Structure from Process: How Lexical Influence on Speech Perception Shape Phonotactic Constraints

David Gow


This work explores the relationship between linguistic structure and language processing, a primary theme in Stefanie Shattuck-Hufnagel's work. Top-down lexical influences on speech perception have long been a controversial topic in psycholinguistics, in large part because standard research paradigms do not support strong inferences about how different types of representations interact in processing. We will review a series of studies that use Granger causality analysis of high spatiotemporal resolution imaging data to reveal the nature of these interactions. Across a series of studies, we have identified a pattern of influence by the supramarginal gyrus, a brain area involved in lexical representation, on the posterior superior temporal gyrus, a region involved in acoustic-phonetic processing, in instances of apparent top-down lexical influence on speech perception. The same pattern is found in cases in which speech perception and word processing are influenced by phonotactic constraints on phonological structure. We hypothesize that phonotactic constraints are a byproduct of top-down influences on speech perception that facilitate the perception of spoken language.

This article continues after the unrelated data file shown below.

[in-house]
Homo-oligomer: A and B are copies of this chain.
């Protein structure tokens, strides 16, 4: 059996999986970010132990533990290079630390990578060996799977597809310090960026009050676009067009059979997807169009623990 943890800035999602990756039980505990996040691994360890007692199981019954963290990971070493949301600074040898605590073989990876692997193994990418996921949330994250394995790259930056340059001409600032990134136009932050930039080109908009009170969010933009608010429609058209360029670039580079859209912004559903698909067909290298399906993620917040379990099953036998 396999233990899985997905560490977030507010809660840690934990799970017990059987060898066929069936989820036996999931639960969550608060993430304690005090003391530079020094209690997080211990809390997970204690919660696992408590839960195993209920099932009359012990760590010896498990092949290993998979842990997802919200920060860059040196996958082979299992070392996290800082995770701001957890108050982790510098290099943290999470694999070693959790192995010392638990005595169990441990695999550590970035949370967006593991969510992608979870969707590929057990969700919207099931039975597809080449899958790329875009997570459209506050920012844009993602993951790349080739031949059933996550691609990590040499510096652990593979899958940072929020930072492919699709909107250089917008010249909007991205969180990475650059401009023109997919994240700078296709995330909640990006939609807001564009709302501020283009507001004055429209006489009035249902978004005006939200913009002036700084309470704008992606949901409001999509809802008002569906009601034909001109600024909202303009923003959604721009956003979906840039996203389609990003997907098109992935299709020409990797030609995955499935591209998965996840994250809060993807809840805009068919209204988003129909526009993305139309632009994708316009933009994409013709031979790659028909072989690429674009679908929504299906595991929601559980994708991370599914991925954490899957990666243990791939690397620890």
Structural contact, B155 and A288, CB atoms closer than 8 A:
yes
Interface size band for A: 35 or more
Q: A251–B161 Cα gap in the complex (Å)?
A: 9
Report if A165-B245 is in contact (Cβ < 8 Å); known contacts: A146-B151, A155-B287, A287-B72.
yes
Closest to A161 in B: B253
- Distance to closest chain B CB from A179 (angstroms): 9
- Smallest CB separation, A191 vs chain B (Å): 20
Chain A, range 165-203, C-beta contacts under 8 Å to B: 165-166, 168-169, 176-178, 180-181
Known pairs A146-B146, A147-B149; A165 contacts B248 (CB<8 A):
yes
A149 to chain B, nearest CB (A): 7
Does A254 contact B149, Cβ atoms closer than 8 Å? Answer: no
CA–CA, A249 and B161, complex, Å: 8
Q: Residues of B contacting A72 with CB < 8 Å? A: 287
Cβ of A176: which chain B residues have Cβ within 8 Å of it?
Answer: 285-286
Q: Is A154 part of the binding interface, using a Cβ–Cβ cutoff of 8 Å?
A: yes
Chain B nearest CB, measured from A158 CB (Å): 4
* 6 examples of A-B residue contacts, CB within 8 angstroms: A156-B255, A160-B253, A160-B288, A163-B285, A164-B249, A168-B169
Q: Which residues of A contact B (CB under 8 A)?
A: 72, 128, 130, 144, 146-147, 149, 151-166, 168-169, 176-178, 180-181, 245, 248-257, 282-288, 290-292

Cite as

Gow, D. (2016) Structure from Process: How Lexical Influence on Speech Perception Shape Phonotactic Constraints. Proc. Speech Prosody 2016, (abstract).

Bibtex
@inproceedings{Gow2016,
author={David Gow},
title={Structure from Process: How Lexical Influence on Speech Perception Shape Phonotactic Constraints},
year=2016,
booktitle={Speech Prosody 2016}
}